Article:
By : (77) Zainab Aleid
March 5, 2014
Anatomy and physiology of adrenal gland.
Pathology of adrenal gland.
Definition of Cushing's syndrome.
Symptoms and signs of Cushing's syndrome.
Causes of Cushing's syndrome with xDD.
Laboratory tests recommended.
Case scenario B
A 46 year old male
CO Fever& Consistent with
Fatigue& Easy bruising
Weight gain of 5 kg in the past 6 months
A dorsal fat pad in the neck
Abdominal purple striae
Blood pressure is 160 mm Hg systolic and
104 mm Hg diastolic
Central obesity (body mass index 32.5 kg/m2,
waist circumference 115 cm).
• Diagnosis is:
Three layers in the cortex:
Glomerulosa, fasiculata, reticularis.
Three types of steroids:
(1) Mineralocorticoids (aldosterone)
(2) Glucocorticoids (principally cortisol)
(3) Sex steroids (estrogens and androgens)
The adrenal medulla has chromaffin cells .
epinephrine & norepinephrine
A disorder that occurs when the body is exposed to high
levels of the hormone cortisol ( increased free circulating
Symptoms and signs:
Truncal obesity, Moon face, Buffalo hump
[ Because of fat redistribution]
because of fragile skin
Striae in the abdomen which are purplish
because of fragile skin and fragile capillaries,
&Low collagen because of high protein catabolism.
Because of the abnormal cortisol secretion
More prone to develop infections due to low immunity.
(recall that cortisol has an anti‐inflammatory effect)
Because of Anti‐vitamin D effect of cortisol Cortisol reduces
calcium absorption in the intestine. Cortisol reduces bone formation.
Causes of Cushing’s
i.e. steroid therapy
Differential Diagnosis cause:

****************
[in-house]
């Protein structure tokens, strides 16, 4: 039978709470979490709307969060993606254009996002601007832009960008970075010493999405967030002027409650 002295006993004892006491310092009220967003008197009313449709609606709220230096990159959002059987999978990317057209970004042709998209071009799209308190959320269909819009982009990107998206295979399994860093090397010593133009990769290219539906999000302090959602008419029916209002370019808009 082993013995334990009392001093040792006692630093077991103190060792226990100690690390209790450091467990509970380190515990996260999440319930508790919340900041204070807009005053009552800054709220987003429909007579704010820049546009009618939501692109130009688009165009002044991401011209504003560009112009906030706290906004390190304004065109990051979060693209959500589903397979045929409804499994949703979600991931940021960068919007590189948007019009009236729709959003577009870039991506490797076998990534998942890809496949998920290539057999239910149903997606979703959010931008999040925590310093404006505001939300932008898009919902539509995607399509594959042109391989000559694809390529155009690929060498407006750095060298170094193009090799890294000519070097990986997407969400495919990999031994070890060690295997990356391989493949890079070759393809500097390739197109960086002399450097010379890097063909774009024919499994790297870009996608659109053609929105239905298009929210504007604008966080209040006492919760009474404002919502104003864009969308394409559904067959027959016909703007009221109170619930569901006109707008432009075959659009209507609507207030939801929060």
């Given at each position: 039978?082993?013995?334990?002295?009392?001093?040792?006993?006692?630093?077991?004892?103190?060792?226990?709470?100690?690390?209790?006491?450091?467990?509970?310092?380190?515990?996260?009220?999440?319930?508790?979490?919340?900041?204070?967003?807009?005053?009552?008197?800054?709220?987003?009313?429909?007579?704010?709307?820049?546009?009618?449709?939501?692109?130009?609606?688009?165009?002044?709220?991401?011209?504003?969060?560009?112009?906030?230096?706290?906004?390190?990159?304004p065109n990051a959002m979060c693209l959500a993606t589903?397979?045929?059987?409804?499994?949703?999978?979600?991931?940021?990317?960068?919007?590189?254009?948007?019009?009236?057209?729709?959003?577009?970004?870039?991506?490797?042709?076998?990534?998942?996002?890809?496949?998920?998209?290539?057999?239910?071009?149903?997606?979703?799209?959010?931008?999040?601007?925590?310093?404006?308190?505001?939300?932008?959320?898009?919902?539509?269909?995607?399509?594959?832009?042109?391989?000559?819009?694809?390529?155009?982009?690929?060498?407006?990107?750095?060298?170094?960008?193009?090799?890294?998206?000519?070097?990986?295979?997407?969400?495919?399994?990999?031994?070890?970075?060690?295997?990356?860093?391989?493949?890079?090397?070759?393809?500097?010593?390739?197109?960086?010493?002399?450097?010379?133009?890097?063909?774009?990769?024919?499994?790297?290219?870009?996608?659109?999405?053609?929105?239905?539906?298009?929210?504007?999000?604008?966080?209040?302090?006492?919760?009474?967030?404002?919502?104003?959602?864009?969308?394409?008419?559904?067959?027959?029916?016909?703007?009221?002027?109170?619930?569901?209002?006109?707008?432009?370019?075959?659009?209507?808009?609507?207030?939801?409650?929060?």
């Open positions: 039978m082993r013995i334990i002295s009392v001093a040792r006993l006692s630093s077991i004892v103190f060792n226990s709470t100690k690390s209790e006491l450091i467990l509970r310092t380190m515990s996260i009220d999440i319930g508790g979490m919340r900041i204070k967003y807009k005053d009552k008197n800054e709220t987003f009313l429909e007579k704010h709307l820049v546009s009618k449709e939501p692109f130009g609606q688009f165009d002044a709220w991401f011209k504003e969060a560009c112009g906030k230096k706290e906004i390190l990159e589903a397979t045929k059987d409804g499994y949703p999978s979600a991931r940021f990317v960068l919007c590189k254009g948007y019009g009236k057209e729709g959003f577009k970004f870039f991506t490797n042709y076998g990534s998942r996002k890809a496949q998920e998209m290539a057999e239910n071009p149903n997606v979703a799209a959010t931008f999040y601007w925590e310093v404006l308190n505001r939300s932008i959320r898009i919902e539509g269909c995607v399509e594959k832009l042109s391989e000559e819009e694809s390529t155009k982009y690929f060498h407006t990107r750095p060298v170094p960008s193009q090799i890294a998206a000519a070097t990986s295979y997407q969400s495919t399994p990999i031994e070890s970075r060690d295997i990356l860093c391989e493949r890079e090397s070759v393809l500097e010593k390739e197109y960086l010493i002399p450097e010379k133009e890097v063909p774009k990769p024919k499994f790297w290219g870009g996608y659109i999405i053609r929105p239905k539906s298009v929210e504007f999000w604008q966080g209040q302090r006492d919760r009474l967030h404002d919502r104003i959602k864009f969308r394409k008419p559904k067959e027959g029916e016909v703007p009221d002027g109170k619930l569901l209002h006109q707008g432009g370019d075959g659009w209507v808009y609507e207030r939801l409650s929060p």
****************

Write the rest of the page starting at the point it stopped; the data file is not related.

# The classical ectopic ACTH is
- Pigmentation and weight loss
- Unprovoked hypokalaemia
- Clinical or chemical diabetes
- Plasma ACTH levels above 200
Many ectopic tumors are benign.
• Depression ( because abnormal cortisol affects NTs
which lead to depression, anxiety ) .
• Obesity ( BMI more than 32.5 kg/m2.
Laboratory investigations recommend ?
• BMI (usually overweight or obese).
• Vital signs (elevated blood pressure) .
• Severe acne and abnormal hair on upper lip & chin.
(because of androgens).
• Few bruises on arms & legs (because of fragile skin).
• Abdominal examination: truncal obesity, striae.
• Lower limbs examination: thin thighs, proximal muscles
• Back: tenderness over L4 & L5 (because of weakened
bone since cortisol has anti vit-D effect).
48 hour low dose dexamethasone test: which strongly decrease the
pituitary-adrenal axis. Normal individuals suppress plasma cortisol
to <50nmol/l, patients with Cushing’s syndrome fail to do this.
Sensitivity of 97%.
High-dose dexamethasone test: Failure of significant plasma
cortisol suppression suggests an ectopic source of ACTH or an
What test do we use to make a diagnosis of
Low-‐dose dexamethasone suppression test.
What test do we use to locate an ACTH-‐producing adenoma?
High-‐dose dexamethasone suppression test.
If cortisol level is suppressed = Pituitary adenoma
If not = Adrenocortical adenoma or ectopic origin.
Plasma potassium levels: Hypokalaemia is common with
ectopic ACTH secretion. (All diuretics must be stopped.)
Plasma ACTH levels: Low or undetectable ACTH levels (< 10
mg/L) on two or more occasions are a reliable indicator of ACTH
CRH test: An exaggerated ACTH and cortisol response to
exogenous CRH suggests pituitary-dependent Cushing’s disease.